It’s strange when your reality is entirely reshaped in someone else’s imagination. This is case in Yoshinora Niwa’s first UK exhibition ‘Historically Historic Historical History of Communism’ at Edel Assanti. Niwa’s video work documents social interventions in which he grapples to secure an understanding of communism. What remains, however, is a synthesis of learned information, bombastically framed by the harsh fallout of communism.
In the downstairs project space a projection shows a man lifted up above a group of men in dark clothing, huddled in a close circle with their backs to the viewer. The man is thrown up into the air - the viewer an unwitting participant within the absurd occasion. The title, ‘Tossing socialists in the air in Romania’ (2010) offers little in the way of clarification, save the fact that one is compelled to find out why. The video shows Niwa conduct an interview with the president of the Romanian Communist Party, cut with found footage of the revolution twenty-one years earlier. Niwa navigates the president’s stern convictions with a faux-naivety interspersed with quick-fire questions that cut through hard-set indoctrination claims such as, “Christ was the first communist in the world”. Niwa grins and whispers “really?” to the translator, after which the artist invites him to the ‘socialist tossing’. He declines.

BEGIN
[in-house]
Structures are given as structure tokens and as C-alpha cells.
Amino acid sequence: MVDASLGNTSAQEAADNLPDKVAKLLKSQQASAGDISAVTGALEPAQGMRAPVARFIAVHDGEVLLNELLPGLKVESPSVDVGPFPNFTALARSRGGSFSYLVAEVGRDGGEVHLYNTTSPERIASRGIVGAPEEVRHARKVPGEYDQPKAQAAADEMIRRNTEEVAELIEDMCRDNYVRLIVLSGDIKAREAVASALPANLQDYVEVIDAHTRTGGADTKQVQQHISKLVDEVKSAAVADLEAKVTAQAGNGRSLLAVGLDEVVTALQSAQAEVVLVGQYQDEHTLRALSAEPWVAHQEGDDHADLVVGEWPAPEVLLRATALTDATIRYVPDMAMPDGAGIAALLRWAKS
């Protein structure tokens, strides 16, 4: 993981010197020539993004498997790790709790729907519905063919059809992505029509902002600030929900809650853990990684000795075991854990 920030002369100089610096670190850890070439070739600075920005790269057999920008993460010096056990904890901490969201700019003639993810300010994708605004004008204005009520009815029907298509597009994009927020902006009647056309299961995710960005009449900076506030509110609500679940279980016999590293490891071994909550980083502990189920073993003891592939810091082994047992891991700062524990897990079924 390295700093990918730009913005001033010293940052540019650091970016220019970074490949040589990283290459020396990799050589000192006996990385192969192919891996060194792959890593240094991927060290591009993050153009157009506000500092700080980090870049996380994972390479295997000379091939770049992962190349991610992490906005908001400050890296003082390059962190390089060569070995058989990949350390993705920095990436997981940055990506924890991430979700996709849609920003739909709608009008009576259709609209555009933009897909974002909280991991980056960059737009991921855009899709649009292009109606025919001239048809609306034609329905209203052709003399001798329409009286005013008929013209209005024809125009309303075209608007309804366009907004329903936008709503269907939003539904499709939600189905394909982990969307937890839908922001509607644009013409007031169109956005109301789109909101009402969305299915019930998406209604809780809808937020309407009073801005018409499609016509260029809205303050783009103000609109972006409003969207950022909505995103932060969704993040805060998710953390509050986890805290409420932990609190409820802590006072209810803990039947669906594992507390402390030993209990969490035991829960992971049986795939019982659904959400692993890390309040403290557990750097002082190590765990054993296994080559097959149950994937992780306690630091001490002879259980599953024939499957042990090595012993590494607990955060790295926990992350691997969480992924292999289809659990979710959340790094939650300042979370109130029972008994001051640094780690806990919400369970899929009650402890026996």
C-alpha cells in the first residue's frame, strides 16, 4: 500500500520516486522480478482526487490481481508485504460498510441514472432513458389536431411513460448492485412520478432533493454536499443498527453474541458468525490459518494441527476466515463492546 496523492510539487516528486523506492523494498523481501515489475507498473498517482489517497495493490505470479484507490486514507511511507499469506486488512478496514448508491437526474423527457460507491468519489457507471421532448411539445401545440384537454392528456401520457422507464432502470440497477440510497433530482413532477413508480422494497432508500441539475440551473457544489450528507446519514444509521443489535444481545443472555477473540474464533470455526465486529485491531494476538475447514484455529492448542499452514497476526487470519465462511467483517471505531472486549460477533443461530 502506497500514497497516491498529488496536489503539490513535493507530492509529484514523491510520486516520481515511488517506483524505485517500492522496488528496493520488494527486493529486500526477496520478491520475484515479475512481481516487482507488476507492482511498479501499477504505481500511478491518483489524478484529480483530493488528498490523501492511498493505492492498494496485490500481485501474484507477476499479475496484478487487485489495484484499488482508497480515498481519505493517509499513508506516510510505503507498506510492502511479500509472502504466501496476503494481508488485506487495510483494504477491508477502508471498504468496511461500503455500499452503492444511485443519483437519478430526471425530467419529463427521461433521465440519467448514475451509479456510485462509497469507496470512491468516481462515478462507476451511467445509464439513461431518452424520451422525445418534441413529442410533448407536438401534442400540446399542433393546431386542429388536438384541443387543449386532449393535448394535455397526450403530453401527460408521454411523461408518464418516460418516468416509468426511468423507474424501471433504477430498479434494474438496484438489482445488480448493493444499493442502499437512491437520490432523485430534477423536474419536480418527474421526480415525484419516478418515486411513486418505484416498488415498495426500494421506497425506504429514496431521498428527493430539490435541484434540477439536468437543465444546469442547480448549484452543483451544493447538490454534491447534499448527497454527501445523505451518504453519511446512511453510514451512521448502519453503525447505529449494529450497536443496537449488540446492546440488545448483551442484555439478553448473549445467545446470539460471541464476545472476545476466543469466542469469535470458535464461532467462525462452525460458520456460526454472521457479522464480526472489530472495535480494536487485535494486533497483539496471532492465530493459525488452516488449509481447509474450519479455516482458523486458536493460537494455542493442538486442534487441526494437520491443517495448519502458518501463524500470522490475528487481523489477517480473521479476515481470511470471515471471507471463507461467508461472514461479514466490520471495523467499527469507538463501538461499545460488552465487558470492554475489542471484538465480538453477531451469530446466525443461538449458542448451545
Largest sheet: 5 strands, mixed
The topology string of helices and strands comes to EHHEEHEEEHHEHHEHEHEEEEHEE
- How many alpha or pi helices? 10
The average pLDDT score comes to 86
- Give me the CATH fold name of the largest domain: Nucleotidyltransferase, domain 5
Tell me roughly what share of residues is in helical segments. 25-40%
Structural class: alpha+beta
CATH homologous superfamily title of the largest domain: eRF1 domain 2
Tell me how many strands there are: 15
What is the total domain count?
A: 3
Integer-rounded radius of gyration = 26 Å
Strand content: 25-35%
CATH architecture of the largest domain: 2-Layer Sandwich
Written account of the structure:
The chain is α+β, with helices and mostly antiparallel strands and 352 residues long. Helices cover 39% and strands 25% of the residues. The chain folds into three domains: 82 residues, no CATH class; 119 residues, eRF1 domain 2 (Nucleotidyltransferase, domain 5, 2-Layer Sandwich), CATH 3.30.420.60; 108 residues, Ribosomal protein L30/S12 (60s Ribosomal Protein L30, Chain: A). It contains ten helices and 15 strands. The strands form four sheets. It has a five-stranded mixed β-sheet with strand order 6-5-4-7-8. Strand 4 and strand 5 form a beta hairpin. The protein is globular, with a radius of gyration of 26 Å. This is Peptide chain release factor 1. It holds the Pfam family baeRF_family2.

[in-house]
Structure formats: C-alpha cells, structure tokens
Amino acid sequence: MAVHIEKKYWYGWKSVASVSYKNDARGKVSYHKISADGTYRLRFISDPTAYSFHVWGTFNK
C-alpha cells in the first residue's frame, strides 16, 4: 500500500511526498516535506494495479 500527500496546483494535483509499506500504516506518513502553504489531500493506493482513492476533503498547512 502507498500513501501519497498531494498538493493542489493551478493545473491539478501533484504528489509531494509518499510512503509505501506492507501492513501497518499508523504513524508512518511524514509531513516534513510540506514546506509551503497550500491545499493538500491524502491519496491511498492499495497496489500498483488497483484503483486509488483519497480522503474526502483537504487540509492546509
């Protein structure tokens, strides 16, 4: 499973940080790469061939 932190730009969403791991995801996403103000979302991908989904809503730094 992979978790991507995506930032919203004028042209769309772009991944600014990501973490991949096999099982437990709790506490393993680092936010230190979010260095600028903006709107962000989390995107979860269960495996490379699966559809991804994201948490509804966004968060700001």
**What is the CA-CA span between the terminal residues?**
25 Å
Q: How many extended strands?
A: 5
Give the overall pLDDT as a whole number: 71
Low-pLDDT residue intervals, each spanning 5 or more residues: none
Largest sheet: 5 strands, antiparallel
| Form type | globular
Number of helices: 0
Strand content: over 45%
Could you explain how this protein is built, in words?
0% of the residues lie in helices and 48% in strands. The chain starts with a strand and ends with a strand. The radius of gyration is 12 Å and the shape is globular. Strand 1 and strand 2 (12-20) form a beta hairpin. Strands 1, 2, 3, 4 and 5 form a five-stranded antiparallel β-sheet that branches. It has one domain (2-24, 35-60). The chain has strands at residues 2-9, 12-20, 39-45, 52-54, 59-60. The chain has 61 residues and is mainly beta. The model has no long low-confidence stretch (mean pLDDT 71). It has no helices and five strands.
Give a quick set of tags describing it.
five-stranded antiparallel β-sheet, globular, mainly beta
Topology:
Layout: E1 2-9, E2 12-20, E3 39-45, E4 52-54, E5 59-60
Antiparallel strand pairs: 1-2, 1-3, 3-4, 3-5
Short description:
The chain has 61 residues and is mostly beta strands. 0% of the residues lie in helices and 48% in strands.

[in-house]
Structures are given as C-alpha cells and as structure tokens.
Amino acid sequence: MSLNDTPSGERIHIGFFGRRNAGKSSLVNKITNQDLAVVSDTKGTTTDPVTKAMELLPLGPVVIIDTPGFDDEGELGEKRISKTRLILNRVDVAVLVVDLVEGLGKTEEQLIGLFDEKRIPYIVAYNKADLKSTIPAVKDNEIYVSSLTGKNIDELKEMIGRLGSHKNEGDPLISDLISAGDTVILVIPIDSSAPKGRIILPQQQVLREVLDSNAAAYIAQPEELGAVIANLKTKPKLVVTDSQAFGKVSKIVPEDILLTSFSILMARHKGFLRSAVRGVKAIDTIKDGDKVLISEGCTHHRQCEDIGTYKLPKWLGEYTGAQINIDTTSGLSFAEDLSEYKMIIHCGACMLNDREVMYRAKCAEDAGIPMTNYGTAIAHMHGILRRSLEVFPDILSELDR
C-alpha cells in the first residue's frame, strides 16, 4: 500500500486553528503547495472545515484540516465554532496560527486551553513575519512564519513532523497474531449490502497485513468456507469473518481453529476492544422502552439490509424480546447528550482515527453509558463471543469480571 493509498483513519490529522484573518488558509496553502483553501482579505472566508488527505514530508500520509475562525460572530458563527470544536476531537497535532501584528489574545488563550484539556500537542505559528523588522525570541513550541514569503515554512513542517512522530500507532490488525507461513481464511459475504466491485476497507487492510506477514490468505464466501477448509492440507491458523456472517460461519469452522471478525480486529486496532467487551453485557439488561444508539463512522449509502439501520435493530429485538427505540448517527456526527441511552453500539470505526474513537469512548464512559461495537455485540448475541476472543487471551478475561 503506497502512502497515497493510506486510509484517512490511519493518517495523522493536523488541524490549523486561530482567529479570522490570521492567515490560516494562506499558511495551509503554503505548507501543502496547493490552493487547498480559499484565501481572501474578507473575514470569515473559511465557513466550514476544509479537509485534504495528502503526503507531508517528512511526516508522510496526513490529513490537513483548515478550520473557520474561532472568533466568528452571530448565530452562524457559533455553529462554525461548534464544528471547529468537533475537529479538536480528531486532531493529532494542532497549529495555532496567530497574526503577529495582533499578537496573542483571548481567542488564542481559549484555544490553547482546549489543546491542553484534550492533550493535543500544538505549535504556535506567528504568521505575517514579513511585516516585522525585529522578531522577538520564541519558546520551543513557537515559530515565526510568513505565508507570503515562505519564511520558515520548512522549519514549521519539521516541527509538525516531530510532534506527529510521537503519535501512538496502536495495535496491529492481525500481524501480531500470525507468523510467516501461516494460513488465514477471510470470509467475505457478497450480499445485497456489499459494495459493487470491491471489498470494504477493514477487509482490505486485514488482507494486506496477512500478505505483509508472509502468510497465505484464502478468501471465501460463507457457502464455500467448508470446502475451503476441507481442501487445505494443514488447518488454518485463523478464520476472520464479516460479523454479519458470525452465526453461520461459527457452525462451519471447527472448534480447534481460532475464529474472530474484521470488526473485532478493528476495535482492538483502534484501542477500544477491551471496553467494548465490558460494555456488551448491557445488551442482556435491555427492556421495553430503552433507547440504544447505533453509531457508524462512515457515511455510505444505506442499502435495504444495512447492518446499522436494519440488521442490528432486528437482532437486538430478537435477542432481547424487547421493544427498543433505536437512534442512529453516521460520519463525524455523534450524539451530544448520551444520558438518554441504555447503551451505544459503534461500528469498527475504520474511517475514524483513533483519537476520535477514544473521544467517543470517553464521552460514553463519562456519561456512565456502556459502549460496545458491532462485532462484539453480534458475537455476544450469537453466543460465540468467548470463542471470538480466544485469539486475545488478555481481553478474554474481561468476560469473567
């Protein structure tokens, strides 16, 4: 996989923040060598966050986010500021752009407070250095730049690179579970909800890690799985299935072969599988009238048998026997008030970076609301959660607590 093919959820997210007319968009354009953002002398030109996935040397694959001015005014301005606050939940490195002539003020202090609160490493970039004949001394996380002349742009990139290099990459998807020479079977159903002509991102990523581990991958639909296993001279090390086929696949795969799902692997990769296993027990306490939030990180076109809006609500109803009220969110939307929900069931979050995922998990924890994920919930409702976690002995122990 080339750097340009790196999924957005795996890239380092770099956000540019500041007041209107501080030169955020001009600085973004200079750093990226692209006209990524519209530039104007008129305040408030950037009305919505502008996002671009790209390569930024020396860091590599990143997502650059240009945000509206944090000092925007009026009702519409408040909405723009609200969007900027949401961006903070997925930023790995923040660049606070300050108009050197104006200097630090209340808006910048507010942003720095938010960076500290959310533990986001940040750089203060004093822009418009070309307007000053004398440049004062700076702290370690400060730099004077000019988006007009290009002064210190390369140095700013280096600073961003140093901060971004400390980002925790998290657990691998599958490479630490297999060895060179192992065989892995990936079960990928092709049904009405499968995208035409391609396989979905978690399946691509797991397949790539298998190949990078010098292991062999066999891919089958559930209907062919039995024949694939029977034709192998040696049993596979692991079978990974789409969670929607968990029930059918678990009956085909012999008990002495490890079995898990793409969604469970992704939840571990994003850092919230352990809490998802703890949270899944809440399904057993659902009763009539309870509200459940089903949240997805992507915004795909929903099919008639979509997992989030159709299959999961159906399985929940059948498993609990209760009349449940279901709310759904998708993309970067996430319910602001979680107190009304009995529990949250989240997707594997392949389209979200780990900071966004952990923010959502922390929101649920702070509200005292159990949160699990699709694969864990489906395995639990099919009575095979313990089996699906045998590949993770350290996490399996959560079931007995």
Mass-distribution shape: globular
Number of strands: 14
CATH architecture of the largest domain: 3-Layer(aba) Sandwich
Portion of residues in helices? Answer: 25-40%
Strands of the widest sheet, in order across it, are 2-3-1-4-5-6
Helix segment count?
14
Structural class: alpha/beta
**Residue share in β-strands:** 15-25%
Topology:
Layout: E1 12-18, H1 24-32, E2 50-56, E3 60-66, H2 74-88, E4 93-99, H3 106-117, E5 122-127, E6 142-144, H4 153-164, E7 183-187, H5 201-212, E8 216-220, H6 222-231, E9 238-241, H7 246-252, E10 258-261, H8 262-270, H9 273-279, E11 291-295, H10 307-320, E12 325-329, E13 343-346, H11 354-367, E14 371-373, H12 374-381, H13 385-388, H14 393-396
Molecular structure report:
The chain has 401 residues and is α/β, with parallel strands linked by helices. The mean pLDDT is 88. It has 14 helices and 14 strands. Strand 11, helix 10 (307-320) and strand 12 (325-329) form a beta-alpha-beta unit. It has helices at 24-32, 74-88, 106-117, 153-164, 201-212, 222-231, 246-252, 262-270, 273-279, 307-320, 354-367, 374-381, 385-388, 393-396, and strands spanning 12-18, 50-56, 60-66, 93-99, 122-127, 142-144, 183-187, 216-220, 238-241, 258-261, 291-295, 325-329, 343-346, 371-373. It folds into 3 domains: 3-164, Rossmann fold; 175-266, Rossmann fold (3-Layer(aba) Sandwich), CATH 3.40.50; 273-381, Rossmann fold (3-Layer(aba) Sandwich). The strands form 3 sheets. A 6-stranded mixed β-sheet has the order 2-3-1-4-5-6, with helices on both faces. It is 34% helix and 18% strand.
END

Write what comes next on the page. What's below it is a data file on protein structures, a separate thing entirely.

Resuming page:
“It is obvious that I have no experience or memory of the Revolutions and the collapse of the Berlin Wall, but somehow I have memories of those events as if I had re-experienced them. Maybe I have ‘experienced’ them many times via mass media and books, and created fake memories”. Niwa’s comment is a compelling response to memory-making, and, as if the viewer is also experiencing these ‘fake memories’, there is a twisting of the information; a blurring of image and memory.
In ‘Looking for Vladimir Lenin at Moscow apartments’ (2012), ¬¬¬three projections surround the room. In the videos Niwa is seen travelling through Moscow during the Russian presidential election of 2012. Stopping strangers at random he asks if he can borrow something from them related to Lenin. Responses are varied, summoning everything from cheerful nostalgia to aggressive revulsion. After visiting willing participants’ homes, Niwa was able to collect one-hundred and fifty portraits, photographs and propaganda pieces including posters, flags and badges featuring Lenin. These were displayed alongside the film when it was shown at the Moscow Museum of Modern Art.
What becomes apparent through the films and the exhibition as a whole, is the collision of an interpretation of communism by Niwa, as opposed to those who experienced it first-hand. Niwa’s role as researcher, aided by information drawn upon through texts and popular cultural references, is amplified by his curiosity. Niwa’s approach to educating himself relates to wider global concerns. His jokey, off the-cuff-attitude is commonplace - not because of intolerance or ignorance but because of the way we are shaped by secondary sources rather than facts. This becomes clear through the artist’s unorthodox requests and interventions, which one feels that, despite moving toward understanding, will always fall short.